About two weeks ago, I attended the Public Interest Law Center (PILC) Career Fair at NYU Law, a two-day event attended by hundreds of public service employers and thousands of students from New York area law schools, resumes in hand, zealously foraging for coveted summer jobs. Sounds like a pretty low-key affair, right?

My first stop was Table Talk, two rooms filled with employers at small tables, inviting job-seekers to come and talk. Given the multitude of employers, I laid out a game plan beforehand – a spreadsheet, color-coded, of which employers I wanted to visit.

Spreadsheet Comic

Courtesy: toothpastefordinner.com

I quickly realized that this was overambitious; certain tables had lengthy waiting lines (naturally, several of the ones in which I was interested), while others had a complete dearth of visitors – apparently, not many students want to work in Alaska. And alas, life carries on outside the PILC Fair, so I had classes to attend as well.

Dedicating my precious lunch hour to Table Talk, I dashed to Greenberg Lounge, a spacious room in NYU Law’s Vanderbilt Hall, for more tables, more talking. Much to my dismay, several employers either weren’t hiring for the summer or weren’t hiring lowly 1Ls like myself. Audacity is key to Table Talk mastery; one must not neglect any available chairs at tables of interest – thus, that afternoon, I had about 7 conversations, some of which were fruitful, others not so much.

Ashley photo

Ready to PILC, looking every bit the consummate professional.

After this exhausting day of the usual classes and reading punctuated by fervently selling oneself (so to speak), I woke up bright and early to do it all over again. In a freshly dry-cleaned suit, toting several resumes, cover letters, and writing samples, I headed to NYU’s Kimmel Center for 5 scheduled interviews. Other interviewees and I waited in single file lines outside our respective interview rooms like actors waiting in the wings for our cue, which came from the meticulously precise timekeepers on duty.

I preferred this format to Table Talk – there was no cacophony of voices to contend with, nor as much of a time crunch. One interviewer asked me what I would do if a client told me he intended to skip a hearing, another conversed with me in Spanish, and I discussed Jersey Shore with another. It was an interesting but exhausting day, and I shamelessly spent the evening in pajamas, watching TV (yes Virginia, occasionally you can do such things in law school).

Cat on sofa photo

Me post-PILC Fair, basically.

The verdict: PILC Fair = absolutely worthwhile. After all, a few days later, I got a job offer! Stay tuned for more on that…

This entry was written by and posted on March 04, 2010.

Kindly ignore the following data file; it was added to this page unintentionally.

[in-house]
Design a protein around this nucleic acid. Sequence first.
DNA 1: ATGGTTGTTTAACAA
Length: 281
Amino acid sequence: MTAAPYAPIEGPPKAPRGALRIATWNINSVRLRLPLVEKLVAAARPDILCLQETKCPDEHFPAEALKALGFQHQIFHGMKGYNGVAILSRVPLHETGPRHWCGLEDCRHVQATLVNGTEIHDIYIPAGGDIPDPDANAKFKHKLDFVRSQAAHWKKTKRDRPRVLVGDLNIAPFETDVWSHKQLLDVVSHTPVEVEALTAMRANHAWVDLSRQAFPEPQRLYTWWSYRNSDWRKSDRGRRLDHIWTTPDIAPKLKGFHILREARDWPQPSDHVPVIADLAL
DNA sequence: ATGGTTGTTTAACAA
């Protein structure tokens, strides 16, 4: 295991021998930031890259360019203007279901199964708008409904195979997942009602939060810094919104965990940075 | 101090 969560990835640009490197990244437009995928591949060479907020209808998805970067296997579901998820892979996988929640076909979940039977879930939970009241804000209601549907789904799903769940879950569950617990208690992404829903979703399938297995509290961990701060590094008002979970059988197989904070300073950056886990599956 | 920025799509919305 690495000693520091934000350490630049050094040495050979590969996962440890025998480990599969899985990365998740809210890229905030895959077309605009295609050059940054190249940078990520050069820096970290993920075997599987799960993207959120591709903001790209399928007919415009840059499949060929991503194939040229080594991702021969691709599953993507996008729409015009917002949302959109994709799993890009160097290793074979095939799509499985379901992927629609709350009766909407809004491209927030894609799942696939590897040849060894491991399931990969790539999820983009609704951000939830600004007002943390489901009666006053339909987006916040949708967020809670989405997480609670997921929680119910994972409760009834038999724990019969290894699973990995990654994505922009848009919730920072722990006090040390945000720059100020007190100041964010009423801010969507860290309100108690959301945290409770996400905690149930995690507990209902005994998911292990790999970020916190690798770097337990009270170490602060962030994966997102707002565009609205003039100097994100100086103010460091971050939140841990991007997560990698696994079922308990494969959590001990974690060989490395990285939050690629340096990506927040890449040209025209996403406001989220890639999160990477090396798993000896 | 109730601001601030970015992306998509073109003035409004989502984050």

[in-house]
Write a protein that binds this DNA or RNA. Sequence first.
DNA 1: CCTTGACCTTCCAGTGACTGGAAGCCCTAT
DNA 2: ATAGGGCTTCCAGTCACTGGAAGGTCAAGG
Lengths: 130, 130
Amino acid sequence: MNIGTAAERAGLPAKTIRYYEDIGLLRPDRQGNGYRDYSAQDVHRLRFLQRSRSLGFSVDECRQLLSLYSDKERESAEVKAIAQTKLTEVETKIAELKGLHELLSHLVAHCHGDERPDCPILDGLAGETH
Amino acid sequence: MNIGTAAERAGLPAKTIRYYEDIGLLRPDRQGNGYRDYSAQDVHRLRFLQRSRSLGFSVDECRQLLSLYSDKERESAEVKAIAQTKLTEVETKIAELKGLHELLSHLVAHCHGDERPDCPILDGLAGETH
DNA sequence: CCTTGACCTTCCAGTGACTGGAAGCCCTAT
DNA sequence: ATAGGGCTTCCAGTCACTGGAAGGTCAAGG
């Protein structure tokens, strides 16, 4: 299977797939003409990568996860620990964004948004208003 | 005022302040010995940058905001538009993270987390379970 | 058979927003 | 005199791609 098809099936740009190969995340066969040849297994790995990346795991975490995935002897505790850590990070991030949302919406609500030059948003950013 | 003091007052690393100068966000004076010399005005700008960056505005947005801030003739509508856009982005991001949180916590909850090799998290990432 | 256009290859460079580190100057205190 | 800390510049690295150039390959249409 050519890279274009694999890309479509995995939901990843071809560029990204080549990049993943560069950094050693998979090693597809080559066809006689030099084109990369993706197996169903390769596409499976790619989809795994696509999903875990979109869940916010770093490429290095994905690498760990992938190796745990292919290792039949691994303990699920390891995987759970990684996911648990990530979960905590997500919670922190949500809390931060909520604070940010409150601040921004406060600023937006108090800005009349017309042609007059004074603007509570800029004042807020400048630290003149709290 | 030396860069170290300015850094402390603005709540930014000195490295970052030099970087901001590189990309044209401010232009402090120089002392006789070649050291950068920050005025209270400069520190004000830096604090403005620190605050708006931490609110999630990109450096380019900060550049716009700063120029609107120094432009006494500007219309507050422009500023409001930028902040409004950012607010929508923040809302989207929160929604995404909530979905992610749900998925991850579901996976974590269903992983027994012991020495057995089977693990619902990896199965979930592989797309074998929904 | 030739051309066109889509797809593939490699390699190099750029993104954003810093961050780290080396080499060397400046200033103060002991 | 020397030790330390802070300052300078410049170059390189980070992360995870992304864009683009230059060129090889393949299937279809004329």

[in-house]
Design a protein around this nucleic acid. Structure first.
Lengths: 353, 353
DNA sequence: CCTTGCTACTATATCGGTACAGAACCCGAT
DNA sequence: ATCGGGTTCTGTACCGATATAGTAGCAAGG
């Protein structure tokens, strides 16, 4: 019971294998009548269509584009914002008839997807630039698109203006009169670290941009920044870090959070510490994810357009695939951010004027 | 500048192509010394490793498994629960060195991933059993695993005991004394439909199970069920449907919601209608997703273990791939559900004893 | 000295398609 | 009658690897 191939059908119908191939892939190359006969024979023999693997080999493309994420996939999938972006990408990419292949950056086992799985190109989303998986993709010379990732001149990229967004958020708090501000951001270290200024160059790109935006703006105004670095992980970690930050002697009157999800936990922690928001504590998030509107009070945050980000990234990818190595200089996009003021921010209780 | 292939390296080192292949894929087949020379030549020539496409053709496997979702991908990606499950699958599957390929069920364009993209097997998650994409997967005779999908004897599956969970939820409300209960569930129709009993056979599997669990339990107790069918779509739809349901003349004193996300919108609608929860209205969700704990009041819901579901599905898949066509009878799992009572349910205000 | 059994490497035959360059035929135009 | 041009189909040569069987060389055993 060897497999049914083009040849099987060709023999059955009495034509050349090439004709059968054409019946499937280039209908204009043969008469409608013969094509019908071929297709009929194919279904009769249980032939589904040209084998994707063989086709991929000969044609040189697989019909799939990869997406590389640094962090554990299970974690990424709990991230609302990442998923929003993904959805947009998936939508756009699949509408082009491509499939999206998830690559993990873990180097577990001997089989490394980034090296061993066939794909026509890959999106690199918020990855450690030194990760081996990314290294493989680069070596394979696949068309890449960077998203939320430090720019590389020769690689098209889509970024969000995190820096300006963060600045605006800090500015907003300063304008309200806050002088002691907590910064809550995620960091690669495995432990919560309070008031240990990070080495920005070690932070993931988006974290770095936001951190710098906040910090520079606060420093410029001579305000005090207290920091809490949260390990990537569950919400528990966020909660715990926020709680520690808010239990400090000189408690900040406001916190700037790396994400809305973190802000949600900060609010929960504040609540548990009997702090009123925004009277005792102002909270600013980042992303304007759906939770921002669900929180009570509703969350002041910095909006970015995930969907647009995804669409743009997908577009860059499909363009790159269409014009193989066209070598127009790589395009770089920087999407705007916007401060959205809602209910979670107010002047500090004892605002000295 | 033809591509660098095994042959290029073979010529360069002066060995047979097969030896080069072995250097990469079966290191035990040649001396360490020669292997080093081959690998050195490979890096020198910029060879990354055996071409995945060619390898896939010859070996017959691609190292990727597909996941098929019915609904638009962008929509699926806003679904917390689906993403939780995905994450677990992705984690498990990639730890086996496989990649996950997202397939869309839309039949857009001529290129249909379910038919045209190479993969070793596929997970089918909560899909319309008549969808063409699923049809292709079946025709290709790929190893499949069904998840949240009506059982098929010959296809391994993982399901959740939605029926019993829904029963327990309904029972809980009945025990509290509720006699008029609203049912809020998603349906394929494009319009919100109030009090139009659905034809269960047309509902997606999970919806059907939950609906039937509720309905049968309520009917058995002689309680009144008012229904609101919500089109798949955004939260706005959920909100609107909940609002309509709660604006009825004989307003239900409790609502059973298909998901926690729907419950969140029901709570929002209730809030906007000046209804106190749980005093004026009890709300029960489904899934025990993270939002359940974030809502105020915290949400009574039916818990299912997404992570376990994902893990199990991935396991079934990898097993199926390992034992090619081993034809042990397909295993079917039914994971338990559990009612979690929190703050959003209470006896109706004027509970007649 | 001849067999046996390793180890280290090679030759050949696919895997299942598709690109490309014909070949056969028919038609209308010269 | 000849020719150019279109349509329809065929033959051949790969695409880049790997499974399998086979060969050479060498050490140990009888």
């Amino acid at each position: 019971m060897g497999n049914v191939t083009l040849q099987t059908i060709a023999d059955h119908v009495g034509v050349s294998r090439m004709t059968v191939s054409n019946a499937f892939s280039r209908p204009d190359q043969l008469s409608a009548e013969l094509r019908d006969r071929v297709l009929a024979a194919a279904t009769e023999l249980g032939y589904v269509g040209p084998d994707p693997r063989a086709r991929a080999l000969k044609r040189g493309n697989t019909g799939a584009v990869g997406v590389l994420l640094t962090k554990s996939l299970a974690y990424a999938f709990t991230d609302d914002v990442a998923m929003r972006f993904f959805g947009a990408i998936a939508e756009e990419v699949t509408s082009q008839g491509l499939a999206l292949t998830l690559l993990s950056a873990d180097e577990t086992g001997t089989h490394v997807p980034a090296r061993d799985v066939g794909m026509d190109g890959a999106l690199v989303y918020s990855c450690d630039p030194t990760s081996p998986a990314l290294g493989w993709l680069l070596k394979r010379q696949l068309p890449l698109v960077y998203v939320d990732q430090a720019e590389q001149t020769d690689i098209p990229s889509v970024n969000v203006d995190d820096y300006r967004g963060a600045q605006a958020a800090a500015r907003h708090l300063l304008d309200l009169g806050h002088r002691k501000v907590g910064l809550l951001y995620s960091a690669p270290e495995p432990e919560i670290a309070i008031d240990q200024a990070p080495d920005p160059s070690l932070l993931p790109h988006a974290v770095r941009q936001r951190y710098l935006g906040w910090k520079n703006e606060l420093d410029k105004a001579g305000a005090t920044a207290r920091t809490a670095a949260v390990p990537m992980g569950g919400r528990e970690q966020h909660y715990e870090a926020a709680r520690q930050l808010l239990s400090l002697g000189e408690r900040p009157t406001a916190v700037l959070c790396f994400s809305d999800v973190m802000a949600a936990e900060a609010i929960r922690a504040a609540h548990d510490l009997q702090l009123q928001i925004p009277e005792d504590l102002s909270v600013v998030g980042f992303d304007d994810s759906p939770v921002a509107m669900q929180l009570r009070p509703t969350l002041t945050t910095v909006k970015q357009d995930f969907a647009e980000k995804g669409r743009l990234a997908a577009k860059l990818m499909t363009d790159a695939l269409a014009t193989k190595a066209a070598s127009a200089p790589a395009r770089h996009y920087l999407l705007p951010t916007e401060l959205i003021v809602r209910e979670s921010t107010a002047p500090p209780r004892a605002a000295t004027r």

The entry was filed under these categories: Campus Events, Internships/Jobs, Public Interest

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6 comments on “The Public Interest Legal Career Fair: A Student’s View
  1. Did you hear that Dade County , Florida has decided interference with free speech by pulling ads about Islam. This is outrageous and a huge waste of tax payer money will be pent paying legal costs to defend this practice.

  2. Scheduled interviews are always the best, when you can get them. Congratulations on the job offer.

  3. business law says:

    In the midst of scouring law reviews for a pleading and came across your site. Always delighted to find useful articles at an establishment of higher learner (I sound bourgie right now). Best!

  4. Hi Ashley,

    I like your articles and your sense of humor. If you have an interest in domestic violence and spending time in NJ for the summer check out the Partners for Women and Justice website. Consider whether you would like to interview with us at the 2011 NYU PILC.
    Best regards,

  5. Cute kitty picture! Good choice of beer too.

  6. Leslie says:

    Hi Ashley,
    How are you? I am writing to you because I am interested in applying to law school and came across your blog while doing research on the schools. I liked your article on the public interest legal career fair from a students perspective. I wanted to get your opinion since you have a background in Psychology. I have a MS in Psychology and so many people are expressing that a background in business is important and that law school is intimidating. Just wanted to know what advice you give to those considering law school and in prepping. Is it possible to get a job at a law firm as a paralegal to see how the work of a lawyer is?
    Best Regards,

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